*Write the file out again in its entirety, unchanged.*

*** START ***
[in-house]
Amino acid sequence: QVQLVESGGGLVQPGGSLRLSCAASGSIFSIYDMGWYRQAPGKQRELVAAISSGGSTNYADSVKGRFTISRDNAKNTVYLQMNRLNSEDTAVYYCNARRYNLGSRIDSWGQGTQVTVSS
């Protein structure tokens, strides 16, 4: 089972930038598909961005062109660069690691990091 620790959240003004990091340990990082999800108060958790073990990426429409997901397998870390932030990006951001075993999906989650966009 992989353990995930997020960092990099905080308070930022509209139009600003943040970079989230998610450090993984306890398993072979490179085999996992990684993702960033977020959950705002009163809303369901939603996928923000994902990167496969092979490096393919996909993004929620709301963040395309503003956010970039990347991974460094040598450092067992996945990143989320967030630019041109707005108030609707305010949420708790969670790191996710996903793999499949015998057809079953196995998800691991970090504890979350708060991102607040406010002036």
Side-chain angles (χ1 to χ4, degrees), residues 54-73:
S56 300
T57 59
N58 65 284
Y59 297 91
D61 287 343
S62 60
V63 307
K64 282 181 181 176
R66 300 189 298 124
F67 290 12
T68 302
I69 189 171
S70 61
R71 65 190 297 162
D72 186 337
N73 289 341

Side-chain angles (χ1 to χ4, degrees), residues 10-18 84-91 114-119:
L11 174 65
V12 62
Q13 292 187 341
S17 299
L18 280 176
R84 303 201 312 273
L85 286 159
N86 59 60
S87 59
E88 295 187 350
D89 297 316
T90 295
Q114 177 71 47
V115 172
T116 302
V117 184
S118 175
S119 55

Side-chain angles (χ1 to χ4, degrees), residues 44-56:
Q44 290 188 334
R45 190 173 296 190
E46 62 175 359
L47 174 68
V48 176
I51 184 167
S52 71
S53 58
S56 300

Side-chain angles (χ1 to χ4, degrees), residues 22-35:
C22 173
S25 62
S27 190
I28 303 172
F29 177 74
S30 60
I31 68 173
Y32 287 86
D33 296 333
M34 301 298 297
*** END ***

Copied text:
[in-house]
Amino acid sequence: QVQLVESGGGLVQPGGSLRLSCAASGSIFSIYDMGWYRQAPGKQRELVAAISSGGSTNYADSVKGRFTISRDNAKNTVYLQMNRLNSEDTAVYYCNARRYNLGSRIDSWGQGTQVTVSS
């Protein structure tokens, strides 16, 4: 089972930038598909961005062109660069690691990091 620790959240003004990091340990990082999800108060958790073990990426429409997901397998870390932030990006951001075993999906989650966009 992989353990995930997020960092990099905080308070930022509209139009600003943040970079989230998610450090993984306890398993072979490179085999996992990684993702960033977020959950705002009163809303369901939603996928923000994902990167496969092979490096393919996909993004929620709301963040395309503003956010970039990347991974460094040598450092067992996945990143989320967030630019041109707005108030609707305010949420708790969670790191996710996903793999499949015998057809079953196995998800691991970090504890979350708060991102607040406010002036």
Side-chain angles (χ1 to χ4, degrees), residues 54-73:
S56 300
T57 59
N58 65 284
Y59 297 91
D61 287 343
S62 60
V63 307
K64 282 181 181 176
R66 300 189 298 124
F67 290 12
T68 302
I69 189 171
S70 61
R71 65 190 297 162
D72 186 337
N73 289 341

Side-chain angles (χ1 to χ4, degrees), residues 10-18 84-91 114-119:
L11 174 65
V12 62
Q13 292 187 341
S17 299
L18 280 176
R84 303 201 312 273
L85 286 159
N86 59 60
S87 59
E88 295 187 350
D89 297 316
T90 295
Q114 177 71 47
V115 172
T116 302
V117 184
S118 175
S119 55

Side-chain angles (χ1 to χ4, degrees), residues 44-56:
Q44 290 188 334
R45 190 173 296 190
E46 62 175 359
L47 174 68
V48 176
I51 184 167
S52 71
S53 58
S56 300

Side-chain angles (χ1 to χ4, degrees), residues 22-35:
C22 173
S25 62
S27 190
I28 303 172
F29 177 74
S30 60
I31 68 173
Y32 287 86
D33 296 333
M34 301 298 297